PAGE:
Alternative risk transfer, or ART, is an umbrella label for a range of products, other than the conventional annual insurance or reinsurance policy, which handle financial risk. Rather than try to pigeonhole ART, I prefer to describe it as a set of products using techniques, attitudes and language borrowed from corporate finance and the capital markets and imported into areas traditionally dominated by insurers. To begin, let us consider some types of products currently being sold and then talk about how they can be used in the Lloyd's context.

Finite risk products - Finite risk products are usually multi-year contracts in which the buyer's loss experience and the time value of money are explicit in the contract, and the interests of the client and insurer are, thus, effectively aligned through a profit-sharing arrangement. Accordingly, additional premiums may be paid for high loss experience and, conversely, profits redistributed to the insurer in good years.

There are two principal effects of finite products from the point of view of the buyer. The first is that the volatility of the buyer's loss experience is suppressed. The second effect is that the insurer may get a higher return than the insured on invested premium and can give back some of this higher return to the buyer at the end of the contract. Finite products started in the reinsurance market but the technology has transferred to the direct market and corporate clients now routinely buy products which incorporate these features.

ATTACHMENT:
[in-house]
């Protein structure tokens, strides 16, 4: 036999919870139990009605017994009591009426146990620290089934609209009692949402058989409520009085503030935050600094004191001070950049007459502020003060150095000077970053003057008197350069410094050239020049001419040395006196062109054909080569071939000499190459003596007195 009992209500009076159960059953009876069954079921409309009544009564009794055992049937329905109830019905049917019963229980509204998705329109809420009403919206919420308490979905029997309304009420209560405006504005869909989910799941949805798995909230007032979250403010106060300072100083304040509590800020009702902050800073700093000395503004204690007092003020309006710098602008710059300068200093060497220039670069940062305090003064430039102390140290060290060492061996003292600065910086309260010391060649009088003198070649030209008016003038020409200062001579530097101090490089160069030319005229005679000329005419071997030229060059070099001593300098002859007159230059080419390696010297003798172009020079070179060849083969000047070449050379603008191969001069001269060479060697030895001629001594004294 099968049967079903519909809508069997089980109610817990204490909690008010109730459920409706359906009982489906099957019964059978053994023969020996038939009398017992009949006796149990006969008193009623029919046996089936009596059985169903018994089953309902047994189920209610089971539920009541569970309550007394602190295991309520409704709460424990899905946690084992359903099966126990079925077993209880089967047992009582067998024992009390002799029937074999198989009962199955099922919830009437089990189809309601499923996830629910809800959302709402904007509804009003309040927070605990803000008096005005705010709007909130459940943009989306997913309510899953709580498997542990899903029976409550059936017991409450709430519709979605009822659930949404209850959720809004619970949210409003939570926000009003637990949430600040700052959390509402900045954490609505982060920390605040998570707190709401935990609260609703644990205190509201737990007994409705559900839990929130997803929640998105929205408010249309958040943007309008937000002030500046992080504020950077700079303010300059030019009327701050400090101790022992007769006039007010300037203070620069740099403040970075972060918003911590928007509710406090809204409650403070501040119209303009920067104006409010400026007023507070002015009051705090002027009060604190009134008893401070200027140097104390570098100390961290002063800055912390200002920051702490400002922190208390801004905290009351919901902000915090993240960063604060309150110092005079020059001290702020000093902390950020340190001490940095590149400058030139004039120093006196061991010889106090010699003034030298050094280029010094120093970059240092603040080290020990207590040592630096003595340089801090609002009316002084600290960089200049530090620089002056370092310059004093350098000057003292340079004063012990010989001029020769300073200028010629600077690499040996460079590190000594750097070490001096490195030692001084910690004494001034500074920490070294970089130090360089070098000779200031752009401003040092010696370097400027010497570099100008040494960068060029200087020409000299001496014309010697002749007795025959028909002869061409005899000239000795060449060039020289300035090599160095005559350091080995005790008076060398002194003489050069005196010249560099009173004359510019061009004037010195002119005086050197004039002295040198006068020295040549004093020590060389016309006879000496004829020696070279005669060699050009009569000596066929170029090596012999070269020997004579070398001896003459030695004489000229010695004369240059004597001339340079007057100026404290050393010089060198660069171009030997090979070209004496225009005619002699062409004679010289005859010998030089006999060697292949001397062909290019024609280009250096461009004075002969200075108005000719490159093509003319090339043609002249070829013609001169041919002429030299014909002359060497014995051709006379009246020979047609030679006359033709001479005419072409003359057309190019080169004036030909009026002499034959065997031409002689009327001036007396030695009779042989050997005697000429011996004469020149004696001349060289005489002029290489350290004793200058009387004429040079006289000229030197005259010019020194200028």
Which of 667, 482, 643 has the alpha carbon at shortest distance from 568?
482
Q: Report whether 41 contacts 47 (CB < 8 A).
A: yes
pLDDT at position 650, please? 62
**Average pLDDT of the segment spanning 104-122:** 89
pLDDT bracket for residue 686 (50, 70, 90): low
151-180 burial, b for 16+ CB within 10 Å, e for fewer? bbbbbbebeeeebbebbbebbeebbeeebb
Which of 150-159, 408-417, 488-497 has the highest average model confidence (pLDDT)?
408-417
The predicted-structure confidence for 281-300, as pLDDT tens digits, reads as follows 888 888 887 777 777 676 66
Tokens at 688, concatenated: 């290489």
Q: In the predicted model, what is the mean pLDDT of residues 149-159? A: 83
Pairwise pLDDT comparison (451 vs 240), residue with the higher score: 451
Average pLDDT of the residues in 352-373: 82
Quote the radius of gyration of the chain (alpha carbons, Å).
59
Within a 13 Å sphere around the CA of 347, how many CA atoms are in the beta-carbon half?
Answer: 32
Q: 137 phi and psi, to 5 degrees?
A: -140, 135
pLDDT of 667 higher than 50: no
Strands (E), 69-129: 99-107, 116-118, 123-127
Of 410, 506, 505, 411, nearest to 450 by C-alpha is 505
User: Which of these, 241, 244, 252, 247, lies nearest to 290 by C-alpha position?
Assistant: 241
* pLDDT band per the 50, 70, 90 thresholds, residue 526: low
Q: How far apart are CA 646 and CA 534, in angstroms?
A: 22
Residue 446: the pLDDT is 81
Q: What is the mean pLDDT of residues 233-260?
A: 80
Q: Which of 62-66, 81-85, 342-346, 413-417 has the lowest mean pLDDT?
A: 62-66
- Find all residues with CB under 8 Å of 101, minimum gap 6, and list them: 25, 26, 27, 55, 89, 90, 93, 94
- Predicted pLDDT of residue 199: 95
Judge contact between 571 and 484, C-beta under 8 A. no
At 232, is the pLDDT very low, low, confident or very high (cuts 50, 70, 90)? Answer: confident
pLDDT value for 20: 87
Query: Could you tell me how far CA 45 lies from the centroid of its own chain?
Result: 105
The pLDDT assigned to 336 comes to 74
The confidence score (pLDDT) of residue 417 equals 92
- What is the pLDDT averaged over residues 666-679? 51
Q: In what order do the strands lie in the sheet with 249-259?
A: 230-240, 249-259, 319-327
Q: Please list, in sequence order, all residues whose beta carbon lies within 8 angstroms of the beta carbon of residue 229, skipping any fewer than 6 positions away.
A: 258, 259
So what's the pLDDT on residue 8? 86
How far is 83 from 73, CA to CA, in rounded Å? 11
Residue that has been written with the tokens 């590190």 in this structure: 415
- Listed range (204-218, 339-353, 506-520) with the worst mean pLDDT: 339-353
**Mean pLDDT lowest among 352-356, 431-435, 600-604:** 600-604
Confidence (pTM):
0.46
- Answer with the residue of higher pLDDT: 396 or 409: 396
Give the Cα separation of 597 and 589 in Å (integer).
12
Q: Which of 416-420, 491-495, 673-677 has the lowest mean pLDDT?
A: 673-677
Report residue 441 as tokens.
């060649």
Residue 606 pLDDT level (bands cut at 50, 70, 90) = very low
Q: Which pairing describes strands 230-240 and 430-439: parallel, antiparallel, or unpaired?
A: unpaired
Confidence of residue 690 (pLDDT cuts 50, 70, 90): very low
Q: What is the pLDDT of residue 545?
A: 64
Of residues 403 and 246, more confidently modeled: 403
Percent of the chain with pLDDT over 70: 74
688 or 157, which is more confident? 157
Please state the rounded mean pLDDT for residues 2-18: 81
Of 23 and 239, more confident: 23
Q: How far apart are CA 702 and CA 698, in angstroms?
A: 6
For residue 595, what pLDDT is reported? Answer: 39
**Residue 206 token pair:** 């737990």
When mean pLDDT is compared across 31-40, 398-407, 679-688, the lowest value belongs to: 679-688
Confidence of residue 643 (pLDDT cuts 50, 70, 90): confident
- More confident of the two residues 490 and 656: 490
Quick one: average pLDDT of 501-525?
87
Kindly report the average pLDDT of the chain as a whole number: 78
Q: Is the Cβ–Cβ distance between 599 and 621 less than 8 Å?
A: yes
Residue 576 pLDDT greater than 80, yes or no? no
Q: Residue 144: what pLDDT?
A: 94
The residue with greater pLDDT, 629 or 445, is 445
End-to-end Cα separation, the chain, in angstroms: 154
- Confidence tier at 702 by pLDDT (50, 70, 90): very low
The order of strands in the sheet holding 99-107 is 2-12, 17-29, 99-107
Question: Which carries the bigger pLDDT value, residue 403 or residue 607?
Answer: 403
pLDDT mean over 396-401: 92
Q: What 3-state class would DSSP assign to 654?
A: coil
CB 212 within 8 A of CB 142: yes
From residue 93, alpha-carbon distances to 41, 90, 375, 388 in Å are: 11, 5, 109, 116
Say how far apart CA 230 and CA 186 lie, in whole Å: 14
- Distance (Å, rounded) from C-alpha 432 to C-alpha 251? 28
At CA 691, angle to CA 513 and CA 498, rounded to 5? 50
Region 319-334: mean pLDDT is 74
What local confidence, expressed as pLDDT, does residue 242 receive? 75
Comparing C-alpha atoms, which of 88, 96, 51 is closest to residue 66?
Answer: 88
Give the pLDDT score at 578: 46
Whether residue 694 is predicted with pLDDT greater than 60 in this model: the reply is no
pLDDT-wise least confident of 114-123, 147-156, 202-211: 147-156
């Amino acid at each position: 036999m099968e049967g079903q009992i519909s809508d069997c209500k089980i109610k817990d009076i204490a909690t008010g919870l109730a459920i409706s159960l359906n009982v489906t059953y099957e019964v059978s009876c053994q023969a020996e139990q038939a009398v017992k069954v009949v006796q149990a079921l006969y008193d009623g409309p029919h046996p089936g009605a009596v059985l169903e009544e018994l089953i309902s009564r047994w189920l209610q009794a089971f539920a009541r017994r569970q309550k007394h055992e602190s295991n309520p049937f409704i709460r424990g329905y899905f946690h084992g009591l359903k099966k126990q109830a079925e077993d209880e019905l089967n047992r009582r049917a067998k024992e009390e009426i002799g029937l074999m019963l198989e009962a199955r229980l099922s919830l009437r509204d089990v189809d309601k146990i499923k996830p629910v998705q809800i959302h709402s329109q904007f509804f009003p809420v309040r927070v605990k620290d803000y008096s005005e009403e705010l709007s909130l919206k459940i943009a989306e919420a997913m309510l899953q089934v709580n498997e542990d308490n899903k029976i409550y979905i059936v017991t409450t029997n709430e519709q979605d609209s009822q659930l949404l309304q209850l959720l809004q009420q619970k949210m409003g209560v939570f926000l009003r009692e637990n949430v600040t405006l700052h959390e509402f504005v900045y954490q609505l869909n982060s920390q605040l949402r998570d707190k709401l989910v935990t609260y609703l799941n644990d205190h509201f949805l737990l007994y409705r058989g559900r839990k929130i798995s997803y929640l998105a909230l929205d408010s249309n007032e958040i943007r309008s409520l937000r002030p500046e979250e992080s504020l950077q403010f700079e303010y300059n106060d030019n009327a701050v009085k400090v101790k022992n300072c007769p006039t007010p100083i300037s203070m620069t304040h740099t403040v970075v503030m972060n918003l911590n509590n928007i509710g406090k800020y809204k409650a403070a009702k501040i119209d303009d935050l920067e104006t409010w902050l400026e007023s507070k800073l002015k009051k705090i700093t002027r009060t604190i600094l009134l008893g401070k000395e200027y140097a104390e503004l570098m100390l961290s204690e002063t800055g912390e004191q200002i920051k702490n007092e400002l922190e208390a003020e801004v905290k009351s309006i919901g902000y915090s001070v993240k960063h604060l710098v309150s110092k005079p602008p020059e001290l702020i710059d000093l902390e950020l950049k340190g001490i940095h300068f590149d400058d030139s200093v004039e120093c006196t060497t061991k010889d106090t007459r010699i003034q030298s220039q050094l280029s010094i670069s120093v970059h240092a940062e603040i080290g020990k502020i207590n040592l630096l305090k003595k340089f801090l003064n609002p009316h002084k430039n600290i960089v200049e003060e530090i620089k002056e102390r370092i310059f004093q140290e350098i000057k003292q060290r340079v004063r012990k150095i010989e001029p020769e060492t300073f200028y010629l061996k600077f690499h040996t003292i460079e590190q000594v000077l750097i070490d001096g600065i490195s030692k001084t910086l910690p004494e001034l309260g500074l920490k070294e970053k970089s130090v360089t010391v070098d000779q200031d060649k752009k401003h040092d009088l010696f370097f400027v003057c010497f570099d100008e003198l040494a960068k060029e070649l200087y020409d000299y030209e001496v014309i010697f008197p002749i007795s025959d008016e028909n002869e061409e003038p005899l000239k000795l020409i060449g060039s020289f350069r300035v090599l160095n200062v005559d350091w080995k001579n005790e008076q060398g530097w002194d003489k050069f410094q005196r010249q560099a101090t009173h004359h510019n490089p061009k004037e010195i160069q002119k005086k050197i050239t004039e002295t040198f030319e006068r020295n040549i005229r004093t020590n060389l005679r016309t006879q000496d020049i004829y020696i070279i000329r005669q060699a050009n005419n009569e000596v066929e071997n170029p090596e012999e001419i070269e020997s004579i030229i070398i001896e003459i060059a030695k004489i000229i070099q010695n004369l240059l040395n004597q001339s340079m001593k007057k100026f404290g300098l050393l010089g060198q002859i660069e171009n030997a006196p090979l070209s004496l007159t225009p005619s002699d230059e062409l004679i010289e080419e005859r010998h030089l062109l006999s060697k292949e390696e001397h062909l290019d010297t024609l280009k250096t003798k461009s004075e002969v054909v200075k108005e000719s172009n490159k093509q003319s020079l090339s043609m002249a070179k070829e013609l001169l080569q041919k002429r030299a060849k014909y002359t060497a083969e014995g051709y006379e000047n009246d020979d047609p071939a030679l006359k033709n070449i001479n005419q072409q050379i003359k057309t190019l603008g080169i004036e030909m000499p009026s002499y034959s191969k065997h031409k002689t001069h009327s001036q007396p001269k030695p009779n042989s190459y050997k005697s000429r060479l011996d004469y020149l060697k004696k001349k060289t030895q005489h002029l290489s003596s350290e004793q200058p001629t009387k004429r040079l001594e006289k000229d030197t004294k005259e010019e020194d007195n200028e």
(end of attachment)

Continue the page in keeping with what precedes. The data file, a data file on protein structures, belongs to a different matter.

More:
The principal commercial effect for the corporate client is that the usual benefits of a higher deductible or captive-based product are extended over a number of years to smooth corporate earnings.

Securitisation - Securitisation was developed in the mortgage market: the original lender passed on a group of mortgages to another institution and, in return, this business bought the rights to the income on the mortgages. How is this now being applied to the insurance world? Conventionally, a portfolio of insurance liabilities is passed on to a reinsurer for a premium. Securitisation techniques allow the insurer to pass on this portfolio risk directly to the capital markets without the interposition of an intermediary reinsurance company.